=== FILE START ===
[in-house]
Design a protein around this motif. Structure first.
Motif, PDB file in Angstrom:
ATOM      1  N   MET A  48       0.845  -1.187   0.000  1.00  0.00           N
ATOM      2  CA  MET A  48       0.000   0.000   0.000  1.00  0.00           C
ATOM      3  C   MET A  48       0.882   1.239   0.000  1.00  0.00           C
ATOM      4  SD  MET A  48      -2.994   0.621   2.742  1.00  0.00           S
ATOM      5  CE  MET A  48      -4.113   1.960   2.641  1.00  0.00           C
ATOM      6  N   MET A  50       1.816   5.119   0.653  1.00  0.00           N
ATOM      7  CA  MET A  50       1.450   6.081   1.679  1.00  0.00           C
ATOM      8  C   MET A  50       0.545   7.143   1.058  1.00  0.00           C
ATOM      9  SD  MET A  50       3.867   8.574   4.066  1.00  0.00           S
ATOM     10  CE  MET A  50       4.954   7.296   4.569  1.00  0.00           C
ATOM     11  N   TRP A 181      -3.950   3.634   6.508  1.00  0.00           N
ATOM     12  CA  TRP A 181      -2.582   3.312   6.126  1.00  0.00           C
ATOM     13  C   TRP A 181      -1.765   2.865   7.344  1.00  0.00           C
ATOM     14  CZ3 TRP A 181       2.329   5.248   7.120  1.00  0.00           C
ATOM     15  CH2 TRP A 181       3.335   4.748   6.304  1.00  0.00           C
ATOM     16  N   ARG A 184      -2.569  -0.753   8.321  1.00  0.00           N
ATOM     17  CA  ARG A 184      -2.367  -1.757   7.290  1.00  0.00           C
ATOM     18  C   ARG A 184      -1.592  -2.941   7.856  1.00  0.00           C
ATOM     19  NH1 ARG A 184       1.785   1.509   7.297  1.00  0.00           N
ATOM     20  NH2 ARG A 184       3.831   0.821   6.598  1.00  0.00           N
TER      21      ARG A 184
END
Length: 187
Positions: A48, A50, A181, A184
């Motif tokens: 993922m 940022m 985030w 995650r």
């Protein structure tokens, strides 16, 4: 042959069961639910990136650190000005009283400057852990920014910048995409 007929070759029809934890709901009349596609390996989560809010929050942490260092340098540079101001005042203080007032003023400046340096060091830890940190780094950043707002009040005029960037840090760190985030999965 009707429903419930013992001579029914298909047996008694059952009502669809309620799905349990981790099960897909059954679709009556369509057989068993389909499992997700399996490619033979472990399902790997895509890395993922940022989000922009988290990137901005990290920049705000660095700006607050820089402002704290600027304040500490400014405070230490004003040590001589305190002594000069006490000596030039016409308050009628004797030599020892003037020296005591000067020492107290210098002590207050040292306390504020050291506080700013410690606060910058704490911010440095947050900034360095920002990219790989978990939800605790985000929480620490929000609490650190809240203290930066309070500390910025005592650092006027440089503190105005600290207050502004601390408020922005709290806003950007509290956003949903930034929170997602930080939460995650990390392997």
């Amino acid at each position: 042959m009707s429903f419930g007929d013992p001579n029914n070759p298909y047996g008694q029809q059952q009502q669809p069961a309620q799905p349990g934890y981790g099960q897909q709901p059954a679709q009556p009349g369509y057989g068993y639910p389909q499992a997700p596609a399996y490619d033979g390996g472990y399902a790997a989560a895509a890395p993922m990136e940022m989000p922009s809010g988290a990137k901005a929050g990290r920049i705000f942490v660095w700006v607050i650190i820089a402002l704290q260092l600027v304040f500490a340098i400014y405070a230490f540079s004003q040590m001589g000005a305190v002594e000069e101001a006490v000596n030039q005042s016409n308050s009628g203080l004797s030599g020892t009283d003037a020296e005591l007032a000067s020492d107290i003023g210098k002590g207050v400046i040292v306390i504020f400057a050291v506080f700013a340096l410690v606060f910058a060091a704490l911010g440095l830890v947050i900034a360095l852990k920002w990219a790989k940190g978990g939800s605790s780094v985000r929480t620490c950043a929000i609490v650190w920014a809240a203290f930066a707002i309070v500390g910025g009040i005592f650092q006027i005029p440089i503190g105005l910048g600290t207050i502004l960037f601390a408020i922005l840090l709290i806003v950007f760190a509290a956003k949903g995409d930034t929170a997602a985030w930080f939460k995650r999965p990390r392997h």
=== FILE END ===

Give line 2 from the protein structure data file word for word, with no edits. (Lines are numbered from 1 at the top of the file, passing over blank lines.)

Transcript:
Design a protein around this motif. Structure first.